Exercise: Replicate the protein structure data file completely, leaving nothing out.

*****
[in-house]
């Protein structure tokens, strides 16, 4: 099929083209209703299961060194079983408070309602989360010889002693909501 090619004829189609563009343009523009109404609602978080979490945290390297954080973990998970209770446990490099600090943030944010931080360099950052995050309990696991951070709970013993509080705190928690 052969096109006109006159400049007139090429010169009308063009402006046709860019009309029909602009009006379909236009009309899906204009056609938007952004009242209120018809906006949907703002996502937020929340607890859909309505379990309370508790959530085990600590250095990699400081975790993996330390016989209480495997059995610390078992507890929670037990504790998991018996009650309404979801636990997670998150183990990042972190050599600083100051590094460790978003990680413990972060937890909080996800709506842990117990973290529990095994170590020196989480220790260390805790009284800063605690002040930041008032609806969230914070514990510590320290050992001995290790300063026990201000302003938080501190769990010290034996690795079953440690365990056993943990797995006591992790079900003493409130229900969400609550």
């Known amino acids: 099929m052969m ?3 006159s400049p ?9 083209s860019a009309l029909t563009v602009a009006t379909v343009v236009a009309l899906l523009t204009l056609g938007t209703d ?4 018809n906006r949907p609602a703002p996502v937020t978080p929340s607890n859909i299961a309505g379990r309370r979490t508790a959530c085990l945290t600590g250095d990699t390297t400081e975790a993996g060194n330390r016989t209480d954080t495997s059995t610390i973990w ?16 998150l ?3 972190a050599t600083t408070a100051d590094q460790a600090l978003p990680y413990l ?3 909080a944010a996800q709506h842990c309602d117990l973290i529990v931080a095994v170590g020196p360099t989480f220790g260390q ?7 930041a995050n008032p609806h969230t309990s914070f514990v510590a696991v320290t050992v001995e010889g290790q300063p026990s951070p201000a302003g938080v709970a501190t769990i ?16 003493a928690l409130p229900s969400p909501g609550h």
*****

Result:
[in-house]
């Protein structure tokens, strides 16, 4: 099929083209209703299961060194079983408070309602989360010889002693909501 090619004829189609563009343009523009109404609602978080979490945290390297954080973990998970209770446990490099600090943030944010931080360099950052995050309990696991951070709970013993509080705190928690 052969096109006109006159400049007139090429010169009308063009402006046709860019009309029909602009009006379909236009009309899906204009056609938007952004009242209120018809906006949907703002996502937020929340607890859909309505379990309370508790959530085990600590250095990699400081975790993996330390016989209480495997059995610390078992507890929670037990504790998991018996009650309404979801636990997670998150183990990042972190050599600083100051590094460790978003990680413990972060937890909080996800709506842990117990973290529990095994170590020196989480220790260390805790009284800063605690002040930041008032609806969230914070514990510590320290050992001995290790300063026990201000302003938080501190769990010290034996690795079953440690365990056993943990797995006591992790079900003493409130229900969400609550």
């Known amino acids: 099929m052969m ?3 006159s400049p ?9 083209s860019a009309l029909t563009v602009a009006t379909v343009v236009a009309l899906l523009t204009l056609g938007t209703d ?4 018809n906006r949907p609602a703002p996502v937020t978080p929340s607890n859909i299961a309505g379990r309370r979490t508790a959530c085990l945290t600590g250095d990699t390297t400081e975790a993996g060194n330390r016989t209480d954080t495997s059995t610390i973990w ?16 998150l ?3 972190a050599t600083t408070a100051d590094q460790a600090l978003p990680y413990l ?3 909080a944010a996800q709506h842990c309602d117990l973290i529990v931080a095994v170590g020196p360099t989480f220790g260390q ?7 930041a995050n008032p609806h969230t309990s914070f514990v510590a696991v320290t050992v001995e010889g290790q300063p026990s951070p201000a302003g938080v709970a501190t769990i ?16 003493a928690l409130p229900s969400p909501g609550h």